New Hawks bill inadequate - expert
Cape Town - The draft SA Police Service (SAPS) amendment bill does not meet all the requirements of a Constitutional Court judgment in this regard, constitutional law expert Pierre de Vos said on Tuesday.
The bill - a response to a Constitutional Court judgment relating to the structure of the Hawks - came under scrutiny at a meeting of government and civil society organisations in Johannesburg on Tuesday.
The meeting, hosted by the Institute for Security Studies (ISS) and the Nelson Mandela Centre for Memory, followed the tabling of the bill in Parliament on March 1, the organisations said in a statement.
The Hawks came into being in 2009 following the disbanding of the Scorpions.
The court judgment in March 2011 found that the 2008 SAPS Amendment Act governing the Hawks did not meet the constitutional requirement for an effective and independent body to prevent and expose corruption, and was not protected from political influence or interference.
Parliament was given 18 months to amend the amendment act, which created the Hawks.
The new bill proposes some changes to the legislation and retains the Hawks as an agency of the police.
During Tuesday's meeting, De Vos, of the University of Cape Town, summarised the findings of the Constitutional Court judgment and raised questions about the extent to which they had been addressed in the draft legislation.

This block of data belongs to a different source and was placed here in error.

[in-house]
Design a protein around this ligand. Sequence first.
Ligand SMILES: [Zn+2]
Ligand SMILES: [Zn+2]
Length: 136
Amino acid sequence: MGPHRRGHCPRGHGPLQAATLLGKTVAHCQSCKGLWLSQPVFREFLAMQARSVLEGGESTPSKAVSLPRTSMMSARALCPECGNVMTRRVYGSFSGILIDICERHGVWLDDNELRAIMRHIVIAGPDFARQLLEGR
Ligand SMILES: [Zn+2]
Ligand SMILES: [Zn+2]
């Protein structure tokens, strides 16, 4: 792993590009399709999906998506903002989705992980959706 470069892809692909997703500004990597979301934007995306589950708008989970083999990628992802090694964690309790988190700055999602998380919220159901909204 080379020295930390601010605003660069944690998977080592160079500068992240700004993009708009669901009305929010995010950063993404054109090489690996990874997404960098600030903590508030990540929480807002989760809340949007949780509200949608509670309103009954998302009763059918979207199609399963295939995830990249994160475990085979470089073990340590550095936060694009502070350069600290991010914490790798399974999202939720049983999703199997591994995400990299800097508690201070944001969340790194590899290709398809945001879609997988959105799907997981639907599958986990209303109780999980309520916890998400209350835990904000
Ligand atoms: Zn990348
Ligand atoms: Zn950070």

He said the amended bill did not meet all the requirements of the judgment.
It did not sufficiently insulate the proposed anti-corruption agency from political influence or interference and did not provide security of employment for the agency's staff and management.
As part of the police, the anti-corruption body proposed in the draft bill would not be perceived by the public as independent.
It would also lack structural or operational independence, or sufficient safeguards to protect individual members from potential influence or interference.
The bill failed to specify the criteria for the appointment of the head of an anti-corruption agency, or the minimum skills and qualifications for the role.
It also did not address the need for the agency to balance political and financial accountability to Parliament with independence from political or other interference, De Vos said.
Parliament's portfolio committee on police is scheduled to hold hearings on the bill from April 23.
Interested and affected parties have until March 27 to make submissions to the committee.